Do you think 100 years from now, people will remember Beyoncé, Eminem or Bruno Mars? How about Miley Cyrus, Justin Bieber or Pink?
I ask because, 100 years after he first began playing major league baseball and 80 years after he retired, George Herman ‘Babe’ Ruth is better known than ever.
That’s due, in part, to a significant new museum wing being opened at Baseball’s Hall of Fame in Cooperstown, NY, this June.
But, Ruth’s name remains top-of-mind because whenever other the monikers of other all-timers (from Joe D. and Willie to Henry and Ty), come up in conversation, Ruth’s accomplishments always dwarf those of his fellow Hall of Famers.
Why? I’ll allow HOF member and current vice chairman of the Hall’s board, Joe Morgan, to explain: ‘Babe Ruth is the best of all-time. But, it’s not just because of the home runs. It’s also because he was one of the best pitchers EVER. People always forget that. When you hit the way he did and pitch the way he did, that makes you the best player of all time in my opinion.’ I agree.
Consider these facts about Ruth’s pitching accomplishments:
– He amassed a pitching record of 94-46 in the big leagues. His 2.28 ERA is the 17th lowest in baseball history.
– In 1916, he pitched nine complete game shutouts, a record that stood until Ron Guidry tied it in 1978
– He set a World Series record that remains unrivalled to this day by tossing all 14-innings in a 2-1 victory over Brooklyn.
– Ruth pitched, and won, the first and fourth games of the 1918 World Series against the Cubs.
– Last, but not least, Ruth tossed 29.2 consecutive scoreless World Series innings, a record that stood until Whitey Ford broke it in 1961.
Who else but Ruth can lay claim to being the best pitcher in baseball in one era and the best hitter in another?
When one compares Ruth with legends of other sports, they, too, pale in comparison: aside from Bo Jackson, who briefly played at an all-star level in both pro football and pro baseball, I cannot think of another such dominant athlete (save Jim Thorpe).
It’s nice to know the Babe’s fame (if not fortune) lives on, especially in an era when sports and entertainment ‘stars’ routinely pound their chests and strut their stuff during their nanosecond of fame.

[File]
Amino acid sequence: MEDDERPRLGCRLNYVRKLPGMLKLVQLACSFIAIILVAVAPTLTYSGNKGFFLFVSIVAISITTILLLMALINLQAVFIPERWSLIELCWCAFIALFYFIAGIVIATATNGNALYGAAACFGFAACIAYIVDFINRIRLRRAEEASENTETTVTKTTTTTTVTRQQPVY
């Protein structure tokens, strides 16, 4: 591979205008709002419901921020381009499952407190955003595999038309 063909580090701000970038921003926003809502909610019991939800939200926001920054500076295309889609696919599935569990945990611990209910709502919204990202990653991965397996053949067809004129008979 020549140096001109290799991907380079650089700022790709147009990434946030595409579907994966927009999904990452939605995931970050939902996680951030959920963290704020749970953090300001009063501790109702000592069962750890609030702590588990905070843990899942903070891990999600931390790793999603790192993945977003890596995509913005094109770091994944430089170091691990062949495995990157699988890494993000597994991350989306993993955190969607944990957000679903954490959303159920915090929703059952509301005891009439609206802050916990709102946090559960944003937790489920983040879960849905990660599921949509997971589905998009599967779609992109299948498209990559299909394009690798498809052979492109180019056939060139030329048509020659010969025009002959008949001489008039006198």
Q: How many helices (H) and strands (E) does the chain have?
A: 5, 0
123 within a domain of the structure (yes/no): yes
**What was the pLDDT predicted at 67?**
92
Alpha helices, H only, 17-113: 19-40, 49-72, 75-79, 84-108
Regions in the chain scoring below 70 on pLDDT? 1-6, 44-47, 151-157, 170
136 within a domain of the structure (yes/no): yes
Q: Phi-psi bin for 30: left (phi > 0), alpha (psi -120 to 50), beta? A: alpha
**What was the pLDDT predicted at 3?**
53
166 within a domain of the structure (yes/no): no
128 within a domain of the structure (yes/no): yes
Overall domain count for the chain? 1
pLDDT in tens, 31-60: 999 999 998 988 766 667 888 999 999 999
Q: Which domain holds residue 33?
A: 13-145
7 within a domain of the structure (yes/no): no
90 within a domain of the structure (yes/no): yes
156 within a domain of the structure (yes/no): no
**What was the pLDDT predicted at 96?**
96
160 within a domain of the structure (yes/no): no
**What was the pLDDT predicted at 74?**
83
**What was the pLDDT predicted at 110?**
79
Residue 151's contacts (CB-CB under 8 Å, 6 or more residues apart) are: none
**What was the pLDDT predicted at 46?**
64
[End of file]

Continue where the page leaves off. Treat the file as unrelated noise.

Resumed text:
In fact, I’d be willing to wager a bet I won’t be around to collect: in 200 years, more people will remember Babe Ruth than Rihanna, Daft Punk and Katy Perry combined.
And, as Ruth did when he ‘called’ a home run in the 1932 World Series (again against the hapless Cubs), I guarantee it.
Now. Who wants to argue the case?
Thanks, Buster. No question Mays could have outrun the Babe any day of the week. But, again, what set the Bambino apart was his ability to dominate the sport in one era as a pitcher and in another as a power-hitting outfielder. Despite the “Say Hey Kid’s” many accomplishments, he never pitched an inning (as far as I know).
“I can’t believe that Babe Ruth was a better player than Willie Mays. Ruth is to baseball what Arnold Palmer is to golf. He got the game moving. But I can’t believe he could run as well as Mays, and I can’t believe he was any better an outfielder.” – Sandy Koufax
baseball-almanac.com Top Ten Players by Joe Morgan (1998)
1. Willie Mays
2. Babe Ruth
Sad to see you play the race card, Lance. If Joe Morgan says Babe Ruth was hands-down the best ever, I’ll take him at his word.
Wow…some Bert Cooper racism. No I don’t think that Black ballplayers are better than whites…it was just that the talent pool was watered down. I think the Bambino was a case of “Horses for Courses”…I don’t think he would have been successful in another era.
Yeah Lance, that’s just crap. And you are implying that all black players are better than white players? Stay in CT or wherever the hell you are.
Blasphemous stuff, Lance. Keep in mind that Joe Morgan said Babe Ruth was simply the best. And, Joe Morgan knew of all the great black ballplayers of the past. Are you also suggesting the Sultan of swat was actually the Sultan of Smack?
Walter Johnson yes…but no Bob Gibson…because the Bambino never faced a Black player…the game was watered down during the Bambino era. He may have been in a Methadone Clinic if he had played in the 70’s.
Regardless of the speed of the ball, The Bambino dominated on the mound and at the plate. No one else has ever come close to duplicating that feat, Lance. And Walter Johnson was routinely clocked at 100 miles per hour plus.
Hard to compare players from different eras…the Bambino was hitting 75 MPH fastballs…R.A. Dickey throws his knuckleball at that speed today…but for hot dogs and beers here is a good video.
Yup. He was also heavily (pun intended) in charities long before it became the “right thing to do.”
Another reason for Babe’s long lasting notoriety actually points to the power of brand.
Unlike some of the other baseball greats who were arguably as good or better than Babe, Babe understood the power of branding and it was his charisma and the story behind him (e.g. The Curse of the Bambino) that inspired one generation after another to admire him. He was a fan favorite when he played and is still today despite not having taken the field in more than half a century. He’s an ambassador of baseball, athletics and America.
Brand matters and Babe should be a case study in how to build and sustain one.